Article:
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Richard Dennis is a famous commodities trader from the 1970’s. He is famous for setting up a pioneering team of ‘Turtle Traders’ who went on to make huge profits in the financial markets using a simple mechanical trading method. In doing so, he managed to win a bet with fellow trader William Eckhardt, that ‘anyone’ could be taught to trade successfully.

Dennis is known as a commodities trader but the truth is that his fund would trade a whole gamut of financial futures including stock market indices like the dow, commodities like sugar, and currencies like the Japanese yen.

A guest post from  ForexTime

Trading from a universe of different futures allowed Dennis the ability to more easily find profitable signals. It’s thought that Dennis retired from trading shortly after the 1987 crash although many of the original turtle traders continue to trade today.

Trend following

The original Turtle Trading strategy was based on a simple rule-based breakout system that was completely mechanical in nature.

Basically, whenever a market broke out of its recent range, Dennis would initiate a buy or sell order in the direction of the move and hope to profit from a new trend. He would also use a filter rule which stated that the trade should only be taken if the last time the signal occurred resulted in a profit (hypothetical or real).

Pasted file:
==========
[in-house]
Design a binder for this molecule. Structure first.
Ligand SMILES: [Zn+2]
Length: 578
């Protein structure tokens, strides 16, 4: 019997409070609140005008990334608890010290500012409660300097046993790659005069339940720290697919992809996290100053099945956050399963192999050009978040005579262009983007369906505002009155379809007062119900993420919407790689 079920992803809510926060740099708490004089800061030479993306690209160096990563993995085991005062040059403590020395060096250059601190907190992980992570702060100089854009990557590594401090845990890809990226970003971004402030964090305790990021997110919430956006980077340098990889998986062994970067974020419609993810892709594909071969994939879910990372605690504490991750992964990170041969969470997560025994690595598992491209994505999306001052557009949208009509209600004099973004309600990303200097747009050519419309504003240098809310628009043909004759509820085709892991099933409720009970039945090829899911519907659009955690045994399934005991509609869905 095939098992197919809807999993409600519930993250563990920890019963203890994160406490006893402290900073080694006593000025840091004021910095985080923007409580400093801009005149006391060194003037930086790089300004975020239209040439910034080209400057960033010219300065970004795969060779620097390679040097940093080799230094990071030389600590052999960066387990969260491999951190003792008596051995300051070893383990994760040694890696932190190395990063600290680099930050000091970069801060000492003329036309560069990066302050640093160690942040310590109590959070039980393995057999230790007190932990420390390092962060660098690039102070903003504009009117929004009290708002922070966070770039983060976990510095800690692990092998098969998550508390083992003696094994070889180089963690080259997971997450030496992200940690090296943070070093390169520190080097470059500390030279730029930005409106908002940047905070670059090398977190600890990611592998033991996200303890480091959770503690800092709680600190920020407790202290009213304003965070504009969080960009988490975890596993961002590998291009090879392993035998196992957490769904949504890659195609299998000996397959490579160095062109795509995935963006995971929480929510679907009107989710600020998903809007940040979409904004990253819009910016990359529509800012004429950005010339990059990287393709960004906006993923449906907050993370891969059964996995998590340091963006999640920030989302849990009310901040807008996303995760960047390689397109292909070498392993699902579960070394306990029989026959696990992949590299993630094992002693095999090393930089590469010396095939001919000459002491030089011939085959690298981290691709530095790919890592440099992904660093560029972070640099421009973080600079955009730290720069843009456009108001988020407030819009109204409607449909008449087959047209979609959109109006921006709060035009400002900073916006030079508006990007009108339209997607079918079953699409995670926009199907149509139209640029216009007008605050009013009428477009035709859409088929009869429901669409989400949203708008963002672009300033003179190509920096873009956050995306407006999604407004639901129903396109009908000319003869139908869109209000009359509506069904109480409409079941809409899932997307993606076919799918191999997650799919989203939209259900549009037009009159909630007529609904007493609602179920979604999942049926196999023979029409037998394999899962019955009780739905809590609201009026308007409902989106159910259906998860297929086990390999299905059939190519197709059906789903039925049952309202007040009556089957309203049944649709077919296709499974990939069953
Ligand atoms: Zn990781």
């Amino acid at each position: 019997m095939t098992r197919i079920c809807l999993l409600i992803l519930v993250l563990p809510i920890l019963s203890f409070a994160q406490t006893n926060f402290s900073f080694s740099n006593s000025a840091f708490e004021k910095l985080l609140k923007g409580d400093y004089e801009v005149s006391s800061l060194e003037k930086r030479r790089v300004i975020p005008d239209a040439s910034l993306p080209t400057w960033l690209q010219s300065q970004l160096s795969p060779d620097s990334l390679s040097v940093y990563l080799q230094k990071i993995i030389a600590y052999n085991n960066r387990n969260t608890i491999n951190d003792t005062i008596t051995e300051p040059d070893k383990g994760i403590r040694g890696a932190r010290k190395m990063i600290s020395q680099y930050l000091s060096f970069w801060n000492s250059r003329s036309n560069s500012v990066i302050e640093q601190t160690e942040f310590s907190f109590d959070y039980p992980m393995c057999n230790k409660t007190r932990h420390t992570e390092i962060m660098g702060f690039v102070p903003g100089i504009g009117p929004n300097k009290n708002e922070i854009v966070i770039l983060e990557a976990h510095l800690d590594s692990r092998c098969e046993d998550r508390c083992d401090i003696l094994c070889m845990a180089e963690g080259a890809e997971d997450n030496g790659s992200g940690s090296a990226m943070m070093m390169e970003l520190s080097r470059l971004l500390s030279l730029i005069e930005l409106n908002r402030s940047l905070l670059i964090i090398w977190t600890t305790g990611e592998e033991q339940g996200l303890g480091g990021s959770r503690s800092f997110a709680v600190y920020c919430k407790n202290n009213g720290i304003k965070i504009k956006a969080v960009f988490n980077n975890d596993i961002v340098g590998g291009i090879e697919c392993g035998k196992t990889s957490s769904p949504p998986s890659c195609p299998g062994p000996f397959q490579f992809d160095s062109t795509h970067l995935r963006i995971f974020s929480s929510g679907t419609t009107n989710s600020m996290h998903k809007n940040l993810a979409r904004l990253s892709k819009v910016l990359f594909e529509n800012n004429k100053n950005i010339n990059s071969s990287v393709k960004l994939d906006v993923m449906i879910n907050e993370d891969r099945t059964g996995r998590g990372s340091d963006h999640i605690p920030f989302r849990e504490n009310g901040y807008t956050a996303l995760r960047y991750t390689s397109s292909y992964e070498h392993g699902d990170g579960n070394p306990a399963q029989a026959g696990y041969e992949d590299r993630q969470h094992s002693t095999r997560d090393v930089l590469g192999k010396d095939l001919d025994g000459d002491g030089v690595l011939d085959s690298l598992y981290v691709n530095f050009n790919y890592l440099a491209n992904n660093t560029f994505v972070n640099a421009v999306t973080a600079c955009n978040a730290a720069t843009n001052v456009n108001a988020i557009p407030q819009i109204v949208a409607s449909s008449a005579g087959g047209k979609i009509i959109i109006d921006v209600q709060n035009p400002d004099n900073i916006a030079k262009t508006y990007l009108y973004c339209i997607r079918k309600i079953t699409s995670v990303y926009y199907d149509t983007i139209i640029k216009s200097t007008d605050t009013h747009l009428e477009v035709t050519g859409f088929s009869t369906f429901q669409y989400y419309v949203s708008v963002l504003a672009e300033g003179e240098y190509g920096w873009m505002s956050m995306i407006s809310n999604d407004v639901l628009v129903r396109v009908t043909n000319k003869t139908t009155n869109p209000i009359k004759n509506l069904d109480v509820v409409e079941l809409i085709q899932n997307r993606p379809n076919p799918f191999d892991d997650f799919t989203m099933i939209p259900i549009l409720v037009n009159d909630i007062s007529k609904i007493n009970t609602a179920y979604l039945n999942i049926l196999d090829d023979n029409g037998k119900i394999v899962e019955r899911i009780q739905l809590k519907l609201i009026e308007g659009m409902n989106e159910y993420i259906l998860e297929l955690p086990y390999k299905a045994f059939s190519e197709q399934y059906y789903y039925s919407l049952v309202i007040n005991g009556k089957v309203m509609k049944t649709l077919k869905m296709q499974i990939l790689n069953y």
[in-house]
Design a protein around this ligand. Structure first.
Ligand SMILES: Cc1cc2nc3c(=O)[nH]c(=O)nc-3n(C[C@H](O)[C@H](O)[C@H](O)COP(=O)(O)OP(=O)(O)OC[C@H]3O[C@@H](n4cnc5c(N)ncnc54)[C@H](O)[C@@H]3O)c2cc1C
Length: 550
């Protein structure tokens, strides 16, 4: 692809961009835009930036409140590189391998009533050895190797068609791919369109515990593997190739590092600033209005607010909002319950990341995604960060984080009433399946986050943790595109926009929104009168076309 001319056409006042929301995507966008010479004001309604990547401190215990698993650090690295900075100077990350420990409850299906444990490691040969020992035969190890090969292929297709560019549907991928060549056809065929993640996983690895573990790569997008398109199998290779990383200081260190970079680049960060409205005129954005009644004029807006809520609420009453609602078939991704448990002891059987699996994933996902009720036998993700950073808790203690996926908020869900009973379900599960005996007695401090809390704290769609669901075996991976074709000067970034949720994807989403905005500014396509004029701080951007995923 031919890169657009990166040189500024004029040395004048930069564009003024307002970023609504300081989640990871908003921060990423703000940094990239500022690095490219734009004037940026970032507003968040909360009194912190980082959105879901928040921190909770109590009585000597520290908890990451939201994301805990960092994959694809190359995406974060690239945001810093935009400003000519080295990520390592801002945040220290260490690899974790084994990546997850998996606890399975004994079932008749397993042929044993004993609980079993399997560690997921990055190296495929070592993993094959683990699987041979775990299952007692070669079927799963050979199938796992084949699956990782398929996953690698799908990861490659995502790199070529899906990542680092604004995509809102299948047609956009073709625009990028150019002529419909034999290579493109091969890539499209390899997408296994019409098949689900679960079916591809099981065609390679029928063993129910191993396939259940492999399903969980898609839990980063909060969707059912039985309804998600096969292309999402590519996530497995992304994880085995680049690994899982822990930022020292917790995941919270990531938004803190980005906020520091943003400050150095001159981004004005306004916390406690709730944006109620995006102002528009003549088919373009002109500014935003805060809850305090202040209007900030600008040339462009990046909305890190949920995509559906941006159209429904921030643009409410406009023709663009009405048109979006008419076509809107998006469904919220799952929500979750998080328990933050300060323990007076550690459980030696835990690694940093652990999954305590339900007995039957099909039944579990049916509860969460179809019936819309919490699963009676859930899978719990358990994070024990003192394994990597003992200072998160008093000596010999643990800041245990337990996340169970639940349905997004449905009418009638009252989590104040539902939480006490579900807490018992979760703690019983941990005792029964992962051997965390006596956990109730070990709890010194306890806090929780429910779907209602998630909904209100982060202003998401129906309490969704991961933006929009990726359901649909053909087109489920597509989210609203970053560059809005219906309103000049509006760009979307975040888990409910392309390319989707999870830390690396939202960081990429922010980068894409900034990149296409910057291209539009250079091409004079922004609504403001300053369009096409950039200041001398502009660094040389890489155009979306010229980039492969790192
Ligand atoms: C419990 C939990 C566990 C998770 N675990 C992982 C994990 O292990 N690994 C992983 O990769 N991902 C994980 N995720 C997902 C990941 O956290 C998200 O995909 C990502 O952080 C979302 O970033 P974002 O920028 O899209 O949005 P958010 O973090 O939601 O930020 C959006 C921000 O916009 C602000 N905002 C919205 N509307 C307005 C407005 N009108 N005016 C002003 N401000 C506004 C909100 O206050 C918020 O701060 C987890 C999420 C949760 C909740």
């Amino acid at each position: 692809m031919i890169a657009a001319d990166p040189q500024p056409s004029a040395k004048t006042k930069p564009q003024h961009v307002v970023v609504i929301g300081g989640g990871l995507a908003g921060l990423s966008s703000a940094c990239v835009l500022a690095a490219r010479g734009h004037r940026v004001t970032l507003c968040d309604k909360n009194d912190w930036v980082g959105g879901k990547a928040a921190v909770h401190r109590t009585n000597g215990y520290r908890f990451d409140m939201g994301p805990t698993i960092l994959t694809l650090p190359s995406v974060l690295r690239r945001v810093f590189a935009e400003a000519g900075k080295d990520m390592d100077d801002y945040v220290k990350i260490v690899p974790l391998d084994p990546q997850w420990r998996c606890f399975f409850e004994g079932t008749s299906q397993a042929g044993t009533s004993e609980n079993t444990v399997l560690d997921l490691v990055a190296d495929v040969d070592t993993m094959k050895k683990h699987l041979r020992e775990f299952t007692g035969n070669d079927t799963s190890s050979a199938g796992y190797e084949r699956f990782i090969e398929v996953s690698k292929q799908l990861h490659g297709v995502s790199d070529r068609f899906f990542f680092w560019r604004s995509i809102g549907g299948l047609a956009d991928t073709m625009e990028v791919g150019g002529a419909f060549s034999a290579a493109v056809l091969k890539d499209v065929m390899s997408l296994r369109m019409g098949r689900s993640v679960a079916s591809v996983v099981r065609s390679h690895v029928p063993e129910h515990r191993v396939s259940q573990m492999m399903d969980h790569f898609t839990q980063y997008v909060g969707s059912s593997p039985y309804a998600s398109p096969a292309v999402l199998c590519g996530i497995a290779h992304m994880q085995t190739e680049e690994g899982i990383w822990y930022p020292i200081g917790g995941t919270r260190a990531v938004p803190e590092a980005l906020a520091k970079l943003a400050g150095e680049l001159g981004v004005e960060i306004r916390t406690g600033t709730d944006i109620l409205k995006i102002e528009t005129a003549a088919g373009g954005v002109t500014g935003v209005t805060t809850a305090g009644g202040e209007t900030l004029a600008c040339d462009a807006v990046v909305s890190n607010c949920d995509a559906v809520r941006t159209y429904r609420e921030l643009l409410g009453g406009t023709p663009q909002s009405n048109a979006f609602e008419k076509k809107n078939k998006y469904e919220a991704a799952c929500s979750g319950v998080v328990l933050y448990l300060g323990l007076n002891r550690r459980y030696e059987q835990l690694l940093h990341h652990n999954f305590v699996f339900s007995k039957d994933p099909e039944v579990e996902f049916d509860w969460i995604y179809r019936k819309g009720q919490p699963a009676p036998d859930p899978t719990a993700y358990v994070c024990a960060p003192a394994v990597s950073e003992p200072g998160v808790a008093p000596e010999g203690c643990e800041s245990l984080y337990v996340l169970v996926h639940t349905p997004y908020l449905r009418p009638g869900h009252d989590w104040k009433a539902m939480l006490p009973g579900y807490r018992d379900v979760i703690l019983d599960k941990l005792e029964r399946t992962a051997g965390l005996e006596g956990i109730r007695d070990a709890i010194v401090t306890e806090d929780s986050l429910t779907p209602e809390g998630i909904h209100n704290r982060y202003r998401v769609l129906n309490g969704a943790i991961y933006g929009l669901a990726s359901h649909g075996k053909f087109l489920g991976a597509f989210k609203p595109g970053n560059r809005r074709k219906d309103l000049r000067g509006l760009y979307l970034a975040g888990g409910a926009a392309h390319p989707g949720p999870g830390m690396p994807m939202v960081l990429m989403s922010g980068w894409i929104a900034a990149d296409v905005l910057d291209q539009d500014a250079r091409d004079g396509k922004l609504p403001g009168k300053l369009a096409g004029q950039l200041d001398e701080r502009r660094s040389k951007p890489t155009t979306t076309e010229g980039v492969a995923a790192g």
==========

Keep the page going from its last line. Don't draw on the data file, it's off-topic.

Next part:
When the market turns back and begins to move the other way he would cut his losses and look for a new signal. Trading in this way allowed Dennis to capture a number of big trends with a win ratio of around 35%-40%. (This is typical for trend following systems).

Trading forex like Dennis is thus a relatively simple affair of following breakouts in currency markets and riding those trends until they start to go back the other way. After 5 years of trading this method, the Turtle Traders had reportedly earned over $175 million.

Still useful?

Since the 1990’s when the Turtle Trading strategy became more widely known, the strategy has been written about in a number of published trading books and it’s thought that the strategy no longer works. Indeed, the exact strategy that Dennis and the Turtle Traders used is shown to have hit a peak in the late 1970’s which it has rarely been able to recover.

However, even though that strategy is no longer considered profitable, a number of Turtle Traders, William Eckhardt included, still trade the markets today with great success. It would not be unreasonable to suggest that they are trading a derivative model, not too dissimilar to that of the original Turtle system.

Further reading:  5 most predictable currency pairs